Wu Jia Pi – Eleutherococcus gracilistylus root bark (formerly known as Acanthopanax) – “Bark of Five Additions”

Nature: acrid, bitter, warm

Enters: Liver, Kidney

Actions: Strengthens the tendons and bones; eliminates wind-dampness; transforms dampness and reduces swelling.

• Wind-damp: Bi syndrome with weakness in the lumbar region and knees (particularly when chronic deficiency of the liver and kidneys has led to weak or soft sinews and bones).
• Developmental delays in motor functions in children, especially retardation in walking.
• Urinary difficulty, edema, damp-cold leg qi.
• Good when the smooth flow of Qi and blood is obstructed.
• Especially effective for children and the elderly.
• The genera Acanthopanax and Eleutherococcus are one and the same (with the latter now being the preferred name), as authoritatively confirmed at the taxonomic symposium Biological Nomenclature in the 21st Century (University of MD, 1996). While Wu jia pi and Ci wu jia come from different species – E. gracilistylus and E. senticosus, respectively – E. gracilistylus seems to possess some (if not all) of the tonic properties attributed to E. senticosus (“Siberian Ginseng”). However, since it is the bark of the root that is used from the former (Wu jia pi) as opposed to the whole root, which is used in the case of Ci wu jia, Wu jia pi’s action is focused more on the surface (on dispersion of wind-dampness), than the interior (on tonification).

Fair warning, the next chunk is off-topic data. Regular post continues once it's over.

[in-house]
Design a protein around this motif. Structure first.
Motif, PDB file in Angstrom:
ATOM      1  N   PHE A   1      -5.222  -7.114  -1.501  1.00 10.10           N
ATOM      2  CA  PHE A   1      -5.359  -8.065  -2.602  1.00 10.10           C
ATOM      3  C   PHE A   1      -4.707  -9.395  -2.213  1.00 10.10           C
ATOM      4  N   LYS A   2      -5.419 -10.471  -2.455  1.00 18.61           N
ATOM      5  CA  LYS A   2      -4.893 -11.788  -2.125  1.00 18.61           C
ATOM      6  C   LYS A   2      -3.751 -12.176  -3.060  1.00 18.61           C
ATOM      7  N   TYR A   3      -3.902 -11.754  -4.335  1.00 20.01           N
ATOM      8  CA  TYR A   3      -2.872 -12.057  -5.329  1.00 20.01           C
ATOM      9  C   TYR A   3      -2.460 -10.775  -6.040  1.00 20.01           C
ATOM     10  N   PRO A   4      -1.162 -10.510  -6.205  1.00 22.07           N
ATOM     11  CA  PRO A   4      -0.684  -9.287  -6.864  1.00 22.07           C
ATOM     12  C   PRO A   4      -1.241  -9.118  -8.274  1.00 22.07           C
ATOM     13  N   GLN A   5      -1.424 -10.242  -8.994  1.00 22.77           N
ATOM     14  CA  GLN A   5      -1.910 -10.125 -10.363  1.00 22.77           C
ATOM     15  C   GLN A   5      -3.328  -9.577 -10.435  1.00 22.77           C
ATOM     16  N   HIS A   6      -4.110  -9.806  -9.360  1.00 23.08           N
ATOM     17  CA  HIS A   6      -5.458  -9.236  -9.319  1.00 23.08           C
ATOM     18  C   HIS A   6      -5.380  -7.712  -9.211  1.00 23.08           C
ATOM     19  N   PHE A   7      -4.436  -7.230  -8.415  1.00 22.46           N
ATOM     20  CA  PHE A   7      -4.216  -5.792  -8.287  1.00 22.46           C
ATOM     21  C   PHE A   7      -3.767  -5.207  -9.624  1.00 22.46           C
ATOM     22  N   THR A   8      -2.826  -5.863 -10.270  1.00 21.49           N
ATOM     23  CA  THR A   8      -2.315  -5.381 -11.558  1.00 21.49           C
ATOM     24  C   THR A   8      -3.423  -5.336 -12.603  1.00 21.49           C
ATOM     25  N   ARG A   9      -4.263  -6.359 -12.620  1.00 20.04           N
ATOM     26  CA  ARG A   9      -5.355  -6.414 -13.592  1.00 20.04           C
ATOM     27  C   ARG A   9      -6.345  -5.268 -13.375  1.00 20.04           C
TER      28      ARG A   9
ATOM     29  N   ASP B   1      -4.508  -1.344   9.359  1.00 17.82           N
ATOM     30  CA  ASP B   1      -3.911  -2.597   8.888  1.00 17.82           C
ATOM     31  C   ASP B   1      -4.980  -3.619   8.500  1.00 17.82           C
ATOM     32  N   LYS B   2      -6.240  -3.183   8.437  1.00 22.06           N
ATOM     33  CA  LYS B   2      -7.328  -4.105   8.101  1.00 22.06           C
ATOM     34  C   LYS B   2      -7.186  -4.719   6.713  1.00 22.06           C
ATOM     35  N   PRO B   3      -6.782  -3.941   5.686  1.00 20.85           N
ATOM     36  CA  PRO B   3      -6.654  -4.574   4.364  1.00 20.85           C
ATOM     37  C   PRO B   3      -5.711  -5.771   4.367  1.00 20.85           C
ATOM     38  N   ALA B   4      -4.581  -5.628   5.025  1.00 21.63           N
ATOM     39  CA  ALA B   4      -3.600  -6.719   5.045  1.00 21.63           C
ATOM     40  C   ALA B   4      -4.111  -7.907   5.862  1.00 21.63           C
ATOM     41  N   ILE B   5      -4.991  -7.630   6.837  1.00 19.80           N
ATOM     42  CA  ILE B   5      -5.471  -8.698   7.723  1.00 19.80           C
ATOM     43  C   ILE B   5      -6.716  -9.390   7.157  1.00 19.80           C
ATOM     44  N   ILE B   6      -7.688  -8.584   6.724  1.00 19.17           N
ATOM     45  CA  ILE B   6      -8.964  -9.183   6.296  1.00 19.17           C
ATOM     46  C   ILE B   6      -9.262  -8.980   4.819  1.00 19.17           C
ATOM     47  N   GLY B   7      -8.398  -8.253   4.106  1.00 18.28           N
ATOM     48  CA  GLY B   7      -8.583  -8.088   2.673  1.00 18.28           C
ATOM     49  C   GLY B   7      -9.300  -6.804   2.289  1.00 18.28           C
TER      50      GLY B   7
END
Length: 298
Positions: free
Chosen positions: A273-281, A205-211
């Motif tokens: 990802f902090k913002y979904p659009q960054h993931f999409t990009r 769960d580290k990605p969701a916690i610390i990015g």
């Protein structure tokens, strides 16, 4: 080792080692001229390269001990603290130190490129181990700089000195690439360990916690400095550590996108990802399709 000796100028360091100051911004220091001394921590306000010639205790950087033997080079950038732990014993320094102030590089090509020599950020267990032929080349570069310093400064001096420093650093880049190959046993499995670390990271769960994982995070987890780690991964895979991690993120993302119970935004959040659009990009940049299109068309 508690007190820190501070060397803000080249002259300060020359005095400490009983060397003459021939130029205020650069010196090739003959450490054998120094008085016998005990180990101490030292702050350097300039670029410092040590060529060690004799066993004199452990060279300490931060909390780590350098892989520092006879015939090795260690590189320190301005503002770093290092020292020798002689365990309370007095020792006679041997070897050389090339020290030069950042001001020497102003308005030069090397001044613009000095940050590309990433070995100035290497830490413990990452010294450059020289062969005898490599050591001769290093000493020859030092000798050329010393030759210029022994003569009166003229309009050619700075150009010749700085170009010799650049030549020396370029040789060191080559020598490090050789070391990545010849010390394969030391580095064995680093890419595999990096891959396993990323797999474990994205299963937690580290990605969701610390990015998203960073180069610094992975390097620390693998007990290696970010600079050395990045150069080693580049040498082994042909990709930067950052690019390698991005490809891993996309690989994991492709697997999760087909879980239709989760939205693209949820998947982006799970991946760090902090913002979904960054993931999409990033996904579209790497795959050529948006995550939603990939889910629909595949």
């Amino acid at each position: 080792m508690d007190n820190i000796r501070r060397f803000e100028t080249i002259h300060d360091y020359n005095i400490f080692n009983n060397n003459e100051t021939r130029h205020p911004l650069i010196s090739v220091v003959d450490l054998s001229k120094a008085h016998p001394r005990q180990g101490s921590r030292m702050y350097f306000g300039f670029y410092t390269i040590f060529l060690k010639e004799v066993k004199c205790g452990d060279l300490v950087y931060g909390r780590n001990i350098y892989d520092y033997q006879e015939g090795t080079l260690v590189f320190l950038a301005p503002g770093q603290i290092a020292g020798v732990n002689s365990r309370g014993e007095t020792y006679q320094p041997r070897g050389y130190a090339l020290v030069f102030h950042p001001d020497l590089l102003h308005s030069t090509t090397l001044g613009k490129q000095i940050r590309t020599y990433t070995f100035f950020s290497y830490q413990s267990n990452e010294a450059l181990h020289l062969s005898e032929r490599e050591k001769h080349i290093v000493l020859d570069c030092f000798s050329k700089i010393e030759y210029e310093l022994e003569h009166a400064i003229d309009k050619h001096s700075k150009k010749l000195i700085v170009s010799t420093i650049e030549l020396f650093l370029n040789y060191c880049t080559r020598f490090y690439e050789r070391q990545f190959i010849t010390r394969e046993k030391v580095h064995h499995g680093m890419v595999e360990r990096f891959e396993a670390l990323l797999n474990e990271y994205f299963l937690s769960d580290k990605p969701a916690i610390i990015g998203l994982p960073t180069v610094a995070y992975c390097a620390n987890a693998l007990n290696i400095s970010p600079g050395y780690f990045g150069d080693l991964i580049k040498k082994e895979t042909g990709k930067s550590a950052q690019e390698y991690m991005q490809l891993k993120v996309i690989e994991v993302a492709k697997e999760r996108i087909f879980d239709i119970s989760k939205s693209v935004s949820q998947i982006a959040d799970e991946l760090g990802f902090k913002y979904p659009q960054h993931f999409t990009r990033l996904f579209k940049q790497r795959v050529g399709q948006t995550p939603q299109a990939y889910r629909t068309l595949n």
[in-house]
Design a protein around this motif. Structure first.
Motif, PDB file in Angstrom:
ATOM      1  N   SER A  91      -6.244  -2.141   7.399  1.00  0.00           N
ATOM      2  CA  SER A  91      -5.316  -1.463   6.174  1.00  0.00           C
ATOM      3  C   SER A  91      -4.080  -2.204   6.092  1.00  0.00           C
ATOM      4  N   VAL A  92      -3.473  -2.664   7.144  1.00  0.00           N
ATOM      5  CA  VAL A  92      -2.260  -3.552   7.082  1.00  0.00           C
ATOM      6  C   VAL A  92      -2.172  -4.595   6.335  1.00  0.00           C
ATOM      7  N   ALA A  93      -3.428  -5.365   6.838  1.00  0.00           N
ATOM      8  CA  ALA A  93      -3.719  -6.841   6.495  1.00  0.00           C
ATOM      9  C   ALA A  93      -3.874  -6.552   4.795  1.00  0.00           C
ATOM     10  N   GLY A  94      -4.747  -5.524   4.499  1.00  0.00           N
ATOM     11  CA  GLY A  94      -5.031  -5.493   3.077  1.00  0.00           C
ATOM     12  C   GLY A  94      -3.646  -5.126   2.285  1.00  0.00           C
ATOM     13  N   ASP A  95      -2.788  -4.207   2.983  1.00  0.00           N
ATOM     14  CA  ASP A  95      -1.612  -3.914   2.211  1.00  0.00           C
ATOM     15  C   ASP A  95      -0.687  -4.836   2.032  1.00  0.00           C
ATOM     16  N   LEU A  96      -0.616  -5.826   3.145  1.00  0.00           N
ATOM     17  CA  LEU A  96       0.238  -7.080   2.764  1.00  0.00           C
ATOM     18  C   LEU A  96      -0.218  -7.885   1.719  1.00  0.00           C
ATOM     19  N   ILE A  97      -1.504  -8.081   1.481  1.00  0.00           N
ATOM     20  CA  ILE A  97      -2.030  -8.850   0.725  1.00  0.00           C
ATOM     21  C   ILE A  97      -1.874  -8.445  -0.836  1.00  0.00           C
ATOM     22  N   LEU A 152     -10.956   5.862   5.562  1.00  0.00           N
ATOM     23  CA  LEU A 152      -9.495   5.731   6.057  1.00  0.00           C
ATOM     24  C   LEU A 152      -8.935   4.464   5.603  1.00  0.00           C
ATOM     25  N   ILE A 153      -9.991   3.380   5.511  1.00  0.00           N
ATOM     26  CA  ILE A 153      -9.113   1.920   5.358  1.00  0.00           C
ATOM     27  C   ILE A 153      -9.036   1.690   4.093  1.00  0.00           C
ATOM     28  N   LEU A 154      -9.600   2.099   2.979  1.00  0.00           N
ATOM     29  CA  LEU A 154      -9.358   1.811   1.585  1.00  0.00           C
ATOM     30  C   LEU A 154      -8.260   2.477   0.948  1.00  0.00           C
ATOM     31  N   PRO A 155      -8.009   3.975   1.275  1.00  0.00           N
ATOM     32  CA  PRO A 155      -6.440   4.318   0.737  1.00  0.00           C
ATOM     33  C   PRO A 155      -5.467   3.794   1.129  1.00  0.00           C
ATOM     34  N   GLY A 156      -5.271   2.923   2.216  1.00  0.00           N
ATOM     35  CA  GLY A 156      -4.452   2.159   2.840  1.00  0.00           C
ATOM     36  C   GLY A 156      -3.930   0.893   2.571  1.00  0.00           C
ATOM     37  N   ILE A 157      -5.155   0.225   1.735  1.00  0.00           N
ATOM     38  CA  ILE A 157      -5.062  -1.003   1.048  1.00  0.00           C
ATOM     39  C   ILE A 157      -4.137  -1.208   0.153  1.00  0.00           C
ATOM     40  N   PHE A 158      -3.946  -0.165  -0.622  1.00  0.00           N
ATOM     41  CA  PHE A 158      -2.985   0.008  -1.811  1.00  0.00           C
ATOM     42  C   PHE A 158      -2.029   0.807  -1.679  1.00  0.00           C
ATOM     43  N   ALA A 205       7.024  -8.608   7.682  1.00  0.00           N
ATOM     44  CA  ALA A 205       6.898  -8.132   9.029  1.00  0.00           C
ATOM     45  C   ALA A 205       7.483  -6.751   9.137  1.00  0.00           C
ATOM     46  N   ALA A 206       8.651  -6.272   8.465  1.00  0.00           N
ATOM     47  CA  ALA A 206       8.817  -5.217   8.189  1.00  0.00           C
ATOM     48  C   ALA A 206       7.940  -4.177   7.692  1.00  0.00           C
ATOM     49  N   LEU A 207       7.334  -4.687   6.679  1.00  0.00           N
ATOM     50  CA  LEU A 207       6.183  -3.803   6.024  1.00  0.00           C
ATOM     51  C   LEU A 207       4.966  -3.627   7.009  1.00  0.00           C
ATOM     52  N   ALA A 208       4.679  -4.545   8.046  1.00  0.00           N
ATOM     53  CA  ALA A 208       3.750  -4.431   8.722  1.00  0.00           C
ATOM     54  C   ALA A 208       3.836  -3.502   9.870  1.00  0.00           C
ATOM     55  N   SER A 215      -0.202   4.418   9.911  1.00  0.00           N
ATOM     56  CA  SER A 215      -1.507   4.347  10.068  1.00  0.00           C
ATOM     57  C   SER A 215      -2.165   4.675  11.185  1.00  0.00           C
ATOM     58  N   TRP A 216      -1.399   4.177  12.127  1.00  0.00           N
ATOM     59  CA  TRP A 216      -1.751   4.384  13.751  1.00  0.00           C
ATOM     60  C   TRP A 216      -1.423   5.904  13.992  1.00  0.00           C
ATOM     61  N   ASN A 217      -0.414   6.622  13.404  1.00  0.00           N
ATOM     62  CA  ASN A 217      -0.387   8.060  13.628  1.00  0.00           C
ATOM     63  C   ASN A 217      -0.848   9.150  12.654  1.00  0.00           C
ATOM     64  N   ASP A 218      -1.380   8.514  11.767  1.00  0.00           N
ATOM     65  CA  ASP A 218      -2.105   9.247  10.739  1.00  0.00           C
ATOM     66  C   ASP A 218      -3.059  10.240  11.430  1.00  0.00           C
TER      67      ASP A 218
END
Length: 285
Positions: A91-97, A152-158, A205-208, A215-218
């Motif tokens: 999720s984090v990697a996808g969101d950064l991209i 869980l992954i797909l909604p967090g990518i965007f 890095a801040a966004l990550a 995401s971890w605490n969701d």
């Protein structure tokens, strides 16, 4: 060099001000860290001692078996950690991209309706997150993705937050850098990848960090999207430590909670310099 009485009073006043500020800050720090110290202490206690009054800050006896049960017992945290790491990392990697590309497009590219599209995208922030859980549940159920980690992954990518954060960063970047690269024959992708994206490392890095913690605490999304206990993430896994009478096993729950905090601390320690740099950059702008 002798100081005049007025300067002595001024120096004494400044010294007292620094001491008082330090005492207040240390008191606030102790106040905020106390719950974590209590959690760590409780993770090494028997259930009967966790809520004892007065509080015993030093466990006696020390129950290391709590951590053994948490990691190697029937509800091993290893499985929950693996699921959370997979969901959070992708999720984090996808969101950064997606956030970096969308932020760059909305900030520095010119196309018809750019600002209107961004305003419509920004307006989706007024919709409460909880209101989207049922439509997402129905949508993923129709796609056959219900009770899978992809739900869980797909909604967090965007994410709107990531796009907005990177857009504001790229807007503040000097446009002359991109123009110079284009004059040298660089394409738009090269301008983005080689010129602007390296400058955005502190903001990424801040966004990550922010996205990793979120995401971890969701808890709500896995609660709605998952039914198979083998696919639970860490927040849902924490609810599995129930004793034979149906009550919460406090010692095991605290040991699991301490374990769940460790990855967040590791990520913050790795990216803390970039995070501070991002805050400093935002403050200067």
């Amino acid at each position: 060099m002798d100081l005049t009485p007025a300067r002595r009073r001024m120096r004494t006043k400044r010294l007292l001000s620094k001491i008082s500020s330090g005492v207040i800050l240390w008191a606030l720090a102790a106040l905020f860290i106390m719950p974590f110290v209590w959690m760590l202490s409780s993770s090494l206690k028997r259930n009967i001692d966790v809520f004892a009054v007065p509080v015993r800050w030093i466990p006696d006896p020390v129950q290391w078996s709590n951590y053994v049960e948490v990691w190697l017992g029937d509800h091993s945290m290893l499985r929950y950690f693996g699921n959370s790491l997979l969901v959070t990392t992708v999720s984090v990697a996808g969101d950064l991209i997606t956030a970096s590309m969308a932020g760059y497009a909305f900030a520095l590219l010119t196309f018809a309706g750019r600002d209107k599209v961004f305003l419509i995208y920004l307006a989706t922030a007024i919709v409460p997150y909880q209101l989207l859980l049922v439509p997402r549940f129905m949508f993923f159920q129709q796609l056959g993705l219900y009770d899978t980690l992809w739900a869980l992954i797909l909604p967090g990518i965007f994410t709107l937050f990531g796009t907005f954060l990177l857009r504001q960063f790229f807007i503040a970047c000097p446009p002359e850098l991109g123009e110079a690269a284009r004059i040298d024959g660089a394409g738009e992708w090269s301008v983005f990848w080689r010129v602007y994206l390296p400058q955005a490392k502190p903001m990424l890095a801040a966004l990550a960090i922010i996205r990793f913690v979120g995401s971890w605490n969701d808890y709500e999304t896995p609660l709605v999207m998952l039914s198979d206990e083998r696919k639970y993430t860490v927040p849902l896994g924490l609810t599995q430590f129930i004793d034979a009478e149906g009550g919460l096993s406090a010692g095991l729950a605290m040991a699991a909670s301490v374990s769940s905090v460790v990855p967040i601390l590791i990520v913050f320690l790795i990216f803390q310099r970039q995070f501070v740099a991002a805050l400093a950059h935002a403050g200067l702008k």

• A common but inferior substitute for this herb is Xiang jia pi – Periploca – which, although an effective herb at eliminating Wind-Dampness, is toxic and has little or no tonic properties. Unlike Wu jia pi, it is fragrant (slightly cinnamon-ish).
MLT: Often sold as a medicinal wine for neurasthenia, insomnia, excessive dreaming, forgetfulness, dizziness, poor appetite, palpitations, coronary heart disease, angina pectoris.
• Prolonged consumption can treat leukopenia from chemotherapy/ physiotherapy.
HF: A supplement with an anti-Gu nature, possessing acrid, toxin-resolving qualities, useful in Gu Zheng (Gu parasites) formulas.
BF: Good when wind-damp is accompanied by concomitant Qi and blood deficiency.
Hsu: Antiarthritic, antiphlogistic, analgesic, antipyretic, adaptogenic (increases the body’s non-specific resistance to disease and stress), hypotensive.

Dose: 4.5-15g

2 comments on “Wu Jia Pi – Eleutherococcus gracilistylus root bark (formerly known as Acanthopanax) – “Bark of Five Additions”

  1. Lola says:

    Do you know of a formula that contains many or all of the following herbs.
    ligusticum root
    red peony
    lindera root
    carthamus flower
    acanthopanix cortex
    Salvia root
    Thank you

    • Peter Borten says:

      I don’t know. It’s clearly a pain formula. The things that come to mind are Resinall K by Health Concerns, or San Qi 17 by Seven Forests, or a classical formula like Shen Tong Zhu Yu Tang, etc.

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